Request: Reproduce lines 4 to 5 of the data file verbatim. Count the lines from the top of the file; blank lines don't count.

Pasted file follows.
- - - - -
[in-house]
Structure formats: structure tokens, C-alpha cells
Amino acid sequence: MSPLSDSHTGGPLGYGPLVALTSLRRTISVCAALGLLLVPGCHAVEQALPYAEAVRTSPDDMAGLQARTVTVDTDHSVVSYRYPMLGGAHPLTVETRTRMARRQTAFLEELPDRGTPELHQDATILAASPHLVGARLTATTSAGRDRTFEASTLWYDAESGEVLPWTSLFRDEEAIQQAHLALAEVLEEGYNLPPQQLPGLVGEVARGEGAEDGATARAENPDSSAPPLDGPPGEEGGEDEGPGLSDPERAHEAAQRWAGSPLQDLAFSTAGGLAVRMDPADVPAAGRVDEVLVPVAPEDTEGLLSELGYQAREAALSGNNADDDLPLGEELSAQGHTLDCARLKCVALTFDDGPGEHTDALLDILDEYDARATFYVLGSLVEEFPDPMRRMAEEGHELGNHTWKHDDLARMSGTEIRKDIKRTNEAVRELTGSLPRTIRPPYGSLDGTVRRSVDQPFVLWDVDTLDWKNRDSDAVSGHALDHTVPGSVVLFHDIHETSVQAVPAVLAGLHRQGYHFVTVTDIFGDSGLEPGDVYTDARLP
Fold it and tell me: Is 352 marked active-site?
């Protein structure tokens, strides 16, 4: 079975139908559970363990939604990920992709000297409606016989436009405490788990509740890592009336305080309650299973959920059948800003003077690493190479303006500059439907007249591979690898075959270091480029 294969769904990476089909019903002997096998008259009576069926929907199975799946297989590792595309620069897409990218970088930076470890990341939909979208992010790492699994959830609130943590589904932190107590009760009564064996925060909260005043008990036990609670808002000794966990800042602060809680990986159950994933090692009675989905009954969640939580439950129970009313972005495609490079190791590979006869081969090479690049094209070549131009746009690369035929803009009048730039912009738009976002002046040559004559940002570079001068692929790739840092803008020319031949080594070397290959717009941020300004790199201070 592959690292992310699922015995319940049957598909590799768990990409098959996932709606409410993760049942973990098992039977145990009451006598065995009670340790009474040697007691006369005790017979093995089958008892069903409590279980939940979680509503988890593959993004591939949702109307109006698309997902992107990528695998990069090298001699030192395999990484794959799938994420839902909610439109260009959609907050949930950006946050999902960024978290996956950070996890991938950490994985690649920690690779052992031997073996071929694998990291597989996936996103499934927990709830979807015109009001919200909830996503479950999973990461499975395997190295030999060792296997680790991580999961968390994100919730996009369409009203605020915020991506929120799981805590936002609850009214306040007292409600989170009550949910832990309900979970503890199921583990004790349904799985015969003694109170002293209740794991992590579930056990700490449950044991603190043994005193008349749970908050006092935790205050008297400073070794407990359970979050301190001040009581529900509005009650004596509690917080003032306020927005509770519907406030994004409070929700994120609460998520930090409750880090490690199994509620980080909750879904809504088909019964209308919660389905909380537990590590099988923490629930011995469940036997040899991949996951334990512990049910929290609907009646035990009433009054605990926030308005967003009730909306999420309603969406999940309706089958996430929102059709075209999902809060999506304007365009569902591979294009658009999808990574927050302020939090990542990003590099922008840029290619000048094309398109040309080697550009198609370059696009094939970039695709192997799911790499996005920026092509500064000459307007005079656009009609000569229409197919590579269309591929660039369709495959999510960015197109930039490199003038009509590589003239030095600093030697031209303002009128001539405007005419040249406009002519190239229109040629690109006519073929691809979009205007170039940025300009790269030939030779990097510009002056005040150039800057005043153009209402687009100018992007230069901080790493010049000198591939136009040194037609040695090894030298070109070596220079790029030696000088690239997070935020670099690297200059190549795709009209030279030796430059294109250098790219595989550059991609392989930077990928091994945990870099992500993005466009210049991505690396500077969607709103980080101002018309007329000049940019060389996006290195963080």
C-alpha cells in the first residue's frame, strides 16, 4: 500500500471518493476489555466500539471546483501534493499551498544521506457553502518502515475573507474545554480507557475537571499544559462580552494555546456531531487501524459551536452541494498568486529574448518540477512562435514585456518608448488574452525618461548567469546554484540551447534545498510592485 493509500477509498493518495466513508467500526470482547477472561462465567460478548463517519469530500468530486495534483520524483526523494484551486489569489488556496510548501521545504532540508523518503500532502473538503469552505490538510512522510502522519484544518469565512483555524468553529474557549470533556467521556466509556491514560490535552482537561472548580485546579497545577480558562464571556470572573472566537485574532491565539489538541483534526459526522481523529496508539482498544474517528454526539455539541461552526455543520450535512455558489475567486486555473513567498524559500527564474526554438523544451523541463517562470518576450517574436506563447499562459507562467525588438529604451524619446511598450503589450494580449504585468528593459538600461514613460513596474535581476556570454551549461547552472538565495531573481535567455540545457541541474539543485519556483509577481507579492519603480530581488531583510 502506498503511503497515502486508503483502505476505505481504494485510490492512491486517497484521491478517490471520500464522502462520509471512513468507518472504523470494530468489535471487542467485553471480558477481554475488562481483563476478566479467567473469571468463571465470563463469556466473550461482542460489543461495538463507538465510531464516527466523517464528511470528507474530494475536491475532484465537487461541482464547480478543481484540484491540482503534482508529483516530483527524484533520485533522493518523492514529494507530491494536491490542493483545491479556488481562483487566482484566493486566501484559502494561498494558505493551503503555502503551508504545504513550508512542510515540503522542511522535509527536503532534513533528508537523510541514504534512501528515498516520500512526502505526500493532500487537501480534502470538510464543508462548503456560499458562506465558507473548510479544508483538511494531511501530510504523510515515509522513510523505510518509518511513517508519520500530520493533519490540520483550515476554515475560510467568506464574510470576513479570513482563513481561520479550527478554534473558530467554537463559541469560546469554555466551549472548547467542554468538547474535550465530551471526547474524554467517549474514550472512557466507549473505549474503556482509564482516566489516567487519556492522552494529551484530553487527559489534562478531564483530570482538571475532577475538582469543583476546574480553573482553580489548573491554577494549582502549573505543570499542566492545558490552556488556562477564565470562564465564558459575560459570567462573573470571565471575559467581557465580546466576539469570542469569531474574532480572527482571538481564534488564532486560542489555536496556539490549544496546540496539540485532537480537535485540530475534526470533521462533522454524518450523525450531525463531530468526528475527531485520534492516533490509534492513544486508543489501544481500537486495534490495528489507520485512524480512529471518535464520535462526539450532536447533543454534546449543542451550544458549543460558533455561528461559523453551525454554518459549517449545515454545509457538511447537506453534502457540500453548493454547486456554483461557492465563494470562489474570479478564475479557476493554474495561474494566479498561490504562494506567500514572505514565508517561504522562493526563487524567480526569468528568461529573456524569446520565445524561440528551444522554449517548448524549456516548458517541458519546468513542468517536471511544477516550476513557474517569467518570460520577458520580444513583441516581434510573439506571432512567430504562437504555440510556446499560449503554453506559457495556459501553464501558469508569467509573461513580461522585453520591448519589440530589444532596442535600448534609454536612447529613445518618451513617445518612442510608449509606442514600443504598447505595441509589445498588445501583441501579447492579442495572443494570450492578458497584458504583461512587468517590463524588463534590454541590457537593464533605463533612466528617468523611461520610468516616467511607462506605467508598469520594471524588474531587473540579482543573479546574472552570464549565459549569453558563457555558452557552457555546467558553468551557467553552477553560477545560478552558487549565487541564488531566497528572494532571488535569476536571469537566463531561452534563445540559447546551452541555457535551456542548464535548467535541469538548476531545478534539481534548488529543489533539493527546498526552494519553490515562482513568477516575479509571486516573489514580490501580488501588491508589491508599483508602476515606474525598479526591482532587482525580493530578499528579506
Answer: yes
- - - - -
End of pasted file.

Fold it and tell me: Is 352 marked active-site?
């Protein structure tokens, strides 16, 4: 079975139908559970363990939604990920992709000297409606016989436009405490788990509740890592009336305080309650299973959920059948800003003077690493190479303006500059439907007249591979690898075959270091480029 294969769904990476089909019903002997096998008259009576069926929907199975799946297989590792595309620069897409990218970088930076470890990341939909979208992010790492699994959830609130943590589904932190107590009760009564064996925060909260005043008990036990609670808002000794966990800042602060809680990986159950994933090692009675989905009954969640939580439950129970009313972005495609490079190791590979006869081969090479690049094209070549131009746009690369035929803009009048730039912009738009976002002046040559004559940002570079001068692929790739840092803008020319031949080594070397290959717009941020300004790199201070 592959690292992310699922015995319940049957598909590799768990990409098959996932709606409410993760049942973990098992039977145990009451006598065995009670340790009474040697007691006369005790017979093995089958008892069903409590279980939940979680509503988890593959993004591939949702109307109006698309997902992107990528695998990069090298001699030192395999990484794959799938994420839902909610439109260009959609907050949930950006946050999902960024978290996956950070996890991938950490994985690649920690690779052992031997073996071929694998990291597989996936996103499934927990709830979807015109009001919200909830996503479950999973990461499975395997190295030999060792296997680790991580999961968390994100919730996009369409009203605020915020991506929120799981805590936002609850009214306040007292409600989170009550949910832990309900979970503890199921583990004790349904799985015969003694109170002293209740794991992590579930056990700490449950044991603190043994005193008349749970908050006092935790205050008297400073070794407990359970979050301190001040009581529900509005009650004596509690917080003032306020927005509770519907406030994004409070929700994120609460998520930090409750880090490690199994509620980080909750879904809504088909019964209308919660389905909380537990590590099988923490629930011995469940036997040899991949996951334990512990049910929290609907009646035990009433009054605990926030308005967003009730909306999420309603969406999940309706089958996430929102059709075209999902809060999506304007365009569902591979294009658009999808990574927050302020939090990542990003590099922008840029290619000048094309398109040309080697550009198609370059696009094939970039695709192997799911790499996005920026092509500064000459307007005079656009009609000569229409197919590579269309591929660039369709495959999510960015197109930039490199003038009509590589003239030095600093030697031209303002009128001539405007005419040249406009002519190239229109040629690109006519073929691809979009205007170039940025300009790269030939030779990097510009002056005040150039800057005043153009209402687009100018992007230069901080790493010049000198591939136009040194037609040695090894030298070109070596220079790029030696000088690239997070935020670099690297200059190549795709009209030279030796430059294109250098790219595989550059991609392989930077990928091994945990870099992500993005466009210049991505690396500077969607709103980080101002018309007329000049940019060389996006290195963080």